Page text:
I really like this movie; it’s the closest any feature presentation has come to showing what the life of an astronomer is really like. That’s probably because the movie is based on a novel written by the eminent astrophysicist Carl Sagan, and some of the characters in the story are based loosely on real life astronomers (Jodie Foster’s character is supposedly based loosely on the life experiences of an astronomer named Jill Tartar, and there really is a blind astronomer named Kent Cullers who worked for SETI). Besides that, though, I think “Contact” presents some compelling plot lines, most crucially the question of what really would happen to our society if we made contact with an alien civilization. It also addresses what many see as a conflict between science and religion.
Anyway, the movie is also great because it really tries to get as much of the physics right as possible. The opening sequence has a problem with the scale of objects and distances, but it at least has everything in the right place. The idea that another intelligent civilization may discover our existence by capturing stray radio transmissions from Earth is also sound. That’s how we’re hoping to discover them after all! And wormholes (if they’re real) are one of our best hopes for accomplishing interstellar travel in a single lifetime.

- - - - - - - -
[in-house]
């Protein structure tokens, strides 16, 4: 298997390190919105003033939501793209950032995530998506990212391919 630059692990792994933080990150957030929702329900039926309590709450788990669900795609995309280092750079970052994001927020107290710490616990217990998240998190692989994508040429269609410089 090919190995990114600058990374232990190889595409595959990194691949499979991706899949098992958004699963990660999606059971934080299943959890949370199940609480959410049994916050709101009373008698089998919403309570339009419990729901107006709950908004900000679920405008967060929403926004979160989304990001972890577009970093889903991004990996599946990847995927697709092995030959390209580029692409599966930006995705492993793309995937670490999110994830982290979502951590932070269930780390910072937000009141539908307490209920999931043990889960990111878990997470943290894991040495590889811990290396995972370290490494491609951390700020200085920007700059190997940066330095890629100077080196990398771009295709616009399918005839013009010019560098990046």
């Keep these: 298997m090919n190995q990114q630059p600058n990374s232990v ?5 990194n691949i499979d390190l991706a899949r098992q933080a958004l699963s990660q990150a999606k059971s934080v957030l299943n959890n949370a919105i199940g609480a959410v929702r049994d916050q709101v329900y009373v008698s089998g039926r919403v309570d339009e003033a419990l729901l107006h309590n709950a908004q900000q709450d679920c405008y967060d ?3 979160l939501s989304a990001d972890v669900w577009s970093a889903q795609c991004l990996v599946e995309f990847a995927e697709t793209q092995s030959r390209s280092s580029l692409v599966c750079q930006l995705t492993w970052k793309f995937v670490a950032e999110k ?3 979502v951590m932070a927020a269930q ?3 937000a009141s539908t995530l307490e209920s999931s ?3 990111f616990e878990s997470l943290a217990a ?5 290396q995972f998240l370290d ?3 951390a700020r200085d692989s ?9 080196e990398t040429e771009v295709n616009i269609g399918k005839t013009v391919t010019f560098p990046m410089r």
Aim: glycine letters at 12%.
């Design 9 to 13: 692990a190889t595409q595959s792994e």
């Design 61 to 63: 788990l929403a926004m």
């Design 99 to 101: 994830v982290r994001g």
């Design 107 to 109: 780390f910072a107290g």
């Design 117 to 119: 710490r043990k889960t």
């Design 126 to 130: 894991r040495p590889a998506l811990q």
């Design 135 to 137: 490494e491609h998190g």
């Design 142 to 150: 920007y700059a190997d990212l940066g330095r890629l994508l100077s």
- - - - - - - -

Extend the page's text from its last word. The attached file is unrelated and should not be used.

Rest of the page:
Blog post: Despite the many successes of the movie, the portrayal of the “Twin Paradox” at the end of the movie is incorrect. Explain what is wrong with the portrayal and describe how you would have to revise the movie script in order to gets this point right.
Numerical problem: How fast would you have to travel, according to special relativity, to take a journey that from Earth’s perspective would take 50 years, but from your perspective would last only 1 month?
Please post on your blog by Sunday, 19 Nov, and turn in your answer to the numerical problem in class on Monday, 20 Nov.